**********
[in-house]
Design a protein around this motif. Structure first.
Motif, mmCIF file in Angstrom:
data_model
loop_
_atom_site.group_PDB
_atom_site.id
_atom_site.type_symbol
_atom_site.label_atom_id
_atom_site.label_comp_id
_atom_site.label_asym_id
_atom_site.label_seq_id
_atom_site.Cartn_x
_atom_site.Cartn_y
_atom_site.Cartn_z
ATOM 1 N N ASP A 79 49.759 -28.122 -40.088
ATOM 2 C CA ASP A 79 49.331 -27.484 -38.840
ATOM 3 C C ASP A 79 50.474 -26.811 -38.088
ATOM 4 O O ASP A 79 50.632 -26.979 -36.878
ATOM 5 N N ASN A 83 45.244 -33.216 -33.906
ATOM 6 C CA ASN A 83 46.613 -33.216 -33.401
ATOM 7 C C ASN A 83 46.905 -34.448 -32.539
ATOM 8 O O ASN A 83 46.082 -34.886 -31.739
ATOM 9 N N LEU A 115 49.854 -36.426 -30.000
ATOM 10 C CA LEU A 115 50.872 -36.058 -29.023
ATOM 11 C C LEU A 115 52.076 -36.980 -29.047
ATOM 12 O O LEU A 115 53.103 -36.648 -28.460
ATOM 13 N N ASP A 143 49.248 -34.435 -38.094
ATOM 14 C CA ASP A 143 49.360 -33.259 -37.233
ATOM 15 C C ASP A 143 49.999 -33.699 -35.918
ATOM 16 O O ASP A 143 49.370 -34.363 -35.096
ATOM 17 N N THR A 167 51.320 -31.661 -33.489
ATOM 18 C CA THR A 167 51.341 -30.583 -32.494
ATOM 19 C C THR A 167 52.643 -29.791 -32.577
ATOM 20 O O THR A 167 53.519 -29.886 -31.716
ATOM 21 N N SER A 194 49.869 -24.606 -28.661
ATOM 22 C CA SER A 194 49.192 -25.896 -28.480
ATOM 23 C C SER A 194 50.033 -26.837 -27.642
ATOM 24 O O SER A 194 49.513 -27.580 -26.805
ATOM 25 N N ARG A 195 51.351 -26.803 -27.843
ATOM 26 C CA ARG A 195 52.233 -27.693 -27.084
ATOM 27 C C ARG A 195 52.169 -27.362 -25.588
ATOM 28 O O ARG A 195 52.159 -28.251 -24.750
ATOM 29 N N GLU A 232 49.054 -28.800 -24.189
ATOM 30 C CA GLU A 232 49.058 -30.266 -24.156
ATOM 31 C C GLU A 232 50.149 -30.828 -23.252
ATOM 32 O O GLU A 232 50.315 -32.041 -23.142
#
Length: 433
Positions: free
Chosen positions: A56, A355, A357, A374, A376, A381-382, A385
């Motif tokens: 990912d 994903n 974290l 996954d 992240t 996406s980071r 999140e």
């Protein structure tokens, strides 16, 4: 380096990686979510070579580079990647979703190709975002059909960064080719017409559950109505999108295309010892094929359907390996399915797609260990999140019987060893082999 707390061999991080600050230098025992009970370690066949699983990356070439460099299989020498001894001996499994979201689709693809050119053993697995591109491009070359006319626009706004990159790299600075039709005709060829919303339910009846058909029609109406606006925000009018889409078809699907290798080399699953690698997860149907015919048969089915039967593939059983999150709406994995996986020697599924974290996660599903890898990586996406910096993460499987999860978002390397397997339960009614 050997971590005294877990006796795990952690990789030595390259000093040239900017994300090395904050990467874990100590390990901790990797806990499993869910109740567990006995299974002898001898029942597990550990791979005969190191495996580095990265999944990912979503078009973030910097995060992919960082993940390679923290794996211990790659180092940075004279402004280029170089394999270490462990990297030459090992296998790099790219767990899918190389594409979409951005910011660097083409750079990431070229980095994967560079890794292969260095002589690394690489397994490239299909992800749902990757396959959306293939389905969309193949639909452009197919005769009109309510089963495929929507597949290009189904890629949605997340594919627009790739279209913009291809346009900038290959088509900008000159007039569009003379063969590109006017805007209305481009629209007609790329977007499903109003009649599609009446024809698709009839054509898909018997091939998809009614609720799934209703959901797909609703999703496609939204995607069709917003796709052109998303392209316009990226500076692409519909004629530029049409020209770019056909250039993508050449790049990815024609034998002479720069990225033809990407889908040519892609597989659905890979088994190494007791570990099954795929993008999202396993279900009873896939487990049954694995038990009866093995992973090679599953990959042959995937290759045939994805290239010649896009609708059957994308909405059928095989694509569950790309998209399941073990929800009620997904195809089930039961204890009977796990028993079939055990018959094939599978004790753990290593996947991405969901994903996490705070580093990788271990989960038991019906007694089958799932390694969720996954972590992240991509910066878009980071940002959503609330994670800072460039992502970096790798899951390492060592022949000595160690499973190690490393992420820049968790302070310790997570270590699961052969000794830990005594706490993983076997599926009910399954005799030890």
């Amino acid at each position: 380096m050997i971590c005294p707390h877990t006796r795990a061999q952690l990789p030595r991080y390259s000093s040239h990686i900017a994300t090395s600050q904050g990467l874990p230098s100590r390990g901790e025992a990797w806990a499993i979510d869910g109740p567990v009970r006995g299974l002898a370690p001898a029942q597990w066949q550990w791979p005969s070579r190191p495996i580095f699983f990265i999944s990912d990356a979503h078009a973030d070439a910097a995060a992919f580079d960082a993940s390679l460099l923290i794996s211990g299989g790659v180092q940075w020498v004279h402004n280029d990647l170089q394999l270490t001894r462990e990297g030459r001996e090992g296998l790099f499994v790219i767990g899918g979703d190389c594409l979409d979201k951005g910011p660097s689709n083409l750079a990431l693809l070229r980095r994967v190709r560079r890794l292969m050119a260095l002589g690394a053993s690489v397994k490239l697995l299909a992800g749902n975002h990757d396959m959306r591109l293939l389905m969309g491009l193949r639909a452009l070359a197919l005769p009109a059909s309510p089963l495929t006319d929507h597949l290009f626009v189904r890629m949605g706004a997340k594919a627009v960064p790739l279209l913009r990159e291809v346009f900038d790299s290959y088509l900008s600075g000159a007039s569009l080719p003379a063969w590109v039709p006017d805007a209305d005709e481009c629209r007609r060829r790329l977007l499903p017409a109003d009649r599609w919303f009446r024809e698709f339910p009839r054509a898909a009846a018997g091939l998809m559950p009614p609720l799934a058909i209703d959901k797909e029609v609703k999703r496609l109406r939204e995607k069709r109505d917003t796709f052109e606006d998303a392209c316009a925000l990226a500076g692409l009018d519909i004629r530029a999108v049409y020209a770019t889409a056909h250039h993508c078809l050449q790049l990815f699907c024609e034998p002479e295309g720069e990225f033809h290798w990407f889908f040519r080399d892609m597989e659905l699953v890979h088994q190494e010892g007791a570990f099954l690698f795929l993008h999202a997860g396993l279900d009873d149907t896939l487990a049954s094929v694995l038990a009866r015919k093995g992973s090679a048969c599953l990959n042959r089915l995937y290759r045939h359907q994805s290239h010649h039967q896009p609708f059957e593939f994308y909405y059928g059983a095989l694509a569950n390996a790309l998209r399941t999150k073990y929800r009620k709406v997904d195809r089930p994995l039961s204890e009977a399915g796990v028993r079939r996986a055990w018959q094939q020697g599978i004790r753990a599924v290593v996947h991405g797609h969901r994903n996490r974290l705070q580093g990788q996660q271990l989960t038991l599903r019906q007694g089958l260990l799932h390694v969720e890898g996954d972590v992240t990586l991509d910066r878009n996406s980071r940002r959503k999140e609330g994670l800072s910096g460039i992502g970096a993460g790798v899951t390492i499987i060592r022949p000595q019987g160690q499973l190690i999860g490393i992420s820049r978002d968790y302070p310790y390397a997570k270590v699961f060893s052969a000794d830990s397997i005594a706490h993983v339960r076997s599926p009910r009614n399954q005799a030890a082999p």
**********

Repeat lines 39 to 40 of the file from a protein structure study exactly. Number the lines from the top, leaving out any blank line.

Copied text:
ATOM 24 O O SER A 194 49.513 -27.580 -26.805
ATOM 25 N N ARG A 195 51.351 -26.803 -27.843